“If we don’t offer those courses, it’s nobody’s fault but ours,” DeTuri said. “There’s no way that we can have a student not graduate because of this issue.”
Leann Kanda, associate professor in the Department of Biology, said she brought up the issue of seniors struggling to fulfill their ICC requirements at a recent Faculty Council meeting. She said she hopes that in the future, there will be an avenue for students to petition for particular courses to meet the ICC requirements, similar to the process that exists now for students to get credit for ICC requirements while studying abroad.
“I am not saying that every course and every student request needs be granted, but I think that the hardline policy of ‘No, we won’t even look at these’ at this moment is doing the students a disservice,” Kanda said.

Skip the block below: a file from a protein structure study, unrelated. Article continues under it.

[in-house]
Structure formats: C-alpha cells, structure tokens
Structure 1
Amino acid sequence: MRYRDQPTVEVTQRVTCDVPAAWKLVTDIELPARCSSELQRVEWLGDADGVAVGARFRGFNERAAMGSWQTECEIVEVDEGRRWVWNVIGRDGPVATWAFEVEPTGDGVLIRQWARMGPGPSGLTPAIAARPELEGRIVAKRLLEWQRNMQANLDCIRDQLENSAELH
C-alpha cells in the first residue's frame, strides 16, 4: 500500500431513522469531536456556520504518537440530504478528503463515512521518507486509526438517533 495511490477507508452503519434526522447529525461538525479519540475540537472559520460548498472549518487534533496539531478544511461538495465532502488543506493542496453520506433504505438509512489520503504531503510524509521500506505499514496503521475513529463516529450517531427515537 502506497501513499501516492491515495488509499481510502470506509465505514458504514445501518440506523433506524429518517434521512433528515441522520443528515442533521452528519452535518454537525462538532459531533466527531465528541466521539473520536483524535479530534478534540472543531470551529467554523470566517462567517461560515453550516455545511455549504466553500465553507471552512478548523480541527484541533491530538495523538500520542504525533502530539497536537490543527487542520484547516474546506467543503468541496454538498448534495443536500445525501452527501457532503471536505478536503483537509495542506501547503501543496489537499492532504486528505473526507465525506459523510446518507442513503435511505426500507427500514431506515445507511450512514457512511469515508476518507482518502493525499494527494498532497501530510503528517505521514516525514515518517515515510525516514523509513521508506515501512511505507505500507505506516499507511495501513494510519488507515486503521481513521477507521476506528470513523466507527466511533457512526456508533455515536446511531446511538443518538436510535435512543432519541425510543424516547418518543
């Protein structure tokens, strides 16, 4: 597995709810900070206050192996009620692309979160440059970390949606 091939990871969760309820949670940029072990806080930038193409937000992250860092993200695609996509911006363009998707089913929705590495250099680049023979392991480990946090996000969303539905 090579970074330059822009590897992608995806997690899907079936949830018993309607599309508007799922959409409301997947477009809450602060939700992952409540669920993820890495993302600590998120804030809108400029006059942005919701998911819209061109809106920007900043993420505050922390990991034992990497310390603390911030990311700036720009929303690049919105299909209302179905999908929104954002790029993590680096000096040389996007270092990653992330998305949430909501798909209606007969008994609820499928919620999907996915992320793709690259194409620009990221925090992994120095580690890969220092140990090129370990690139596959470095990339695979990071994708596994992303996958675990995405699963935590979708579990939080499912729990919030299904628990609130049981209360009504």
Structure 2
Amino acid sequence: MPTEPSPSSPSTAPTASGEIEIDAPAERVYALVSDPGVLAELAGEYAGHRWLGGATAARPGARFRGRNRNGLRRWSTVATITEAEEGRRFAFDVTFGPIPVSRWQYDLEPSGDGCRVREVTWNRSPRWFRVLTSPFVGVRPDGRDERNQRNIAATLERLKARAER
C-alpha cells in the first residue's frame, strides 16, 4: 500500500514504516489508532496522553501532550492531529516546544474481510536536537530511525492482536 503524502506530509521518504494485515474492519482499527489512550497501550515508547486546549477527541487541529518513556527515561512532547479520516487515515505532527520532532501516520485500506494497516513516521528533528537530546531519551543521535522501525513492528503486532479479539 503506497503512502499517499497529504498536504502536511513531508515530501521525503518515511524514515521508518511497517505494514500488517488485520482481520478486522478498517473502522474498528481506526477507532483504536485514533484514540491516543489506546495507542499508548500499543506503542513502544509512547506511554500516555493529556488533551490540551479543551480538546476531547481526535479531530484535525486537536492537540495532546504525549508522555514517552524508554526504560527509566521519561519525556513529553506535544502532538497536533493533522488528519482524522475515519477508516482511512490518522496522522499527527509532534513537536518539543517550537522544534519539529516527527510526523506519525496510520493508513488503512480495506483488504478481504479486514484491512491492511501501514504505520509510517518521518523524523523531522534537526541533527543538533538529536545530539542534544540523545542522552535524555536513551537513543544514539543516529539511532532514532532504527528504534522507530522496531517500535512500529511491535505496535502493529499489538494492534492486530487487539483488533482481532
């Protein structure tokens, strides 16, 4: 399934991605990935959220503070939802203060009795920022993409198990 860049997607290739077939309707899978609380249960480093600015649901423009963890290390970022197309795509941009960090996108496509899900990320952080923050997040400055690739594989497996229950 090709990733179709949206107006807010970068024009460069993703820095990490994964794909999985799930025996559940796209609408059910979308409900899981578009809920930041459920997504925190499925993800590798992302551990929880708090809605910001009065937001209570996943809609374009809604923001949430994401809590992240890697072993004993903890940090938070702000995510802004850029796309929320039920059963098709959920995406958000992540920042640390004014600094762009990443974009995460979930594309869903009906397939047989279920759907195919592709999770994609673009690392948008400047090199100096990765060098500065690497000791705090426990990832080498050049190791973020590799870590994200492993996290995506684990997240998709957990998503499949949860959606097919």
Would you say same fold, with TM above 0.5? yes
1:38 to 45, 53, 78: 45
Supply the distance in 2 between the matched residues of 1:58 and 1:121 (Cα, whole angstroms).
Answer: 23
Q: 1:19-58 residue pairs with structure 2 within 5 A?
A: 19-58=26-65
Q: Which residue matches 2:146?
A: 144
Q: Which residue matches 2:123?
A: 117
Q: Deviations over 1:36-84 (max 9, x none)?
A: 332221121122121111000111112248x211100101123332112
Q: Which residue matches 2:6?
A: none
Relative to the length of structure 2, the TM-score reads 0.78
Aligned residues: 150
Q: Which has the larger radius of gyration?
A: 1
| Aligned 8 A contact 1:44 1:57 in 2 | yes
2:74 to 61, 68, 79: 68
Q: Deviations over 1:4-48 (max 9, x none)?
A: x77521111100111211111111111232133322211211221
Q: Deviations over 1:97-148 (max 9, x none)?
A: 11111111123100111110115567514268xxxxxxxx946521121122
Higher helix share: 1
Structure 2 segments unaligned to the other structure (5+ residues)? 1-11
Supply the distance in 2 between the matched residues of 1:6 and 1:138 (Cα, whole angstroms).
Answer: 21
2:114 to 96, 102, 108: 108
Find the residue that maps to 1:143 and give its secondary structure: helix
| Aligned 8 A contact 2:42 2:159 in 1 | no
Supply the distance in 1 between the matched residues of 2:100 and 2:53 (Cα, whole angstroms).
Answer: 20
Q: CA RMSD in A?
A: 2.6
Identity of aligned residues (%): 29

Rosen said he did not think it was reasonable to expect students to understand the nuances of student–learning outcomes, which must be provided when filling out a petition, because he said he thinks many faculty do not completely understand, either.
He also said educating more faculty or specific advisers on the ICC would help to prevent these issues from continuing.
The Faculty Council decided to push forward a new committee to address this issue: the ICC Advisory Committee. According to previous reporting from The Ithacan, the committee would be charged with addressing issues students and faculty have with the structure and implementation of the ICC.
DeTuri said he is skeptical about the push for a student petition process for on-campus courses because with the current increase in the study–abroad petitions, the CCR is already inundated with hundreds of applications. Regardless, he said that if any student has a graduation issue, he will work with them to make sure it is solved.
“We will find a way,” DeTuri said. “We will find a way for that student to graduate.”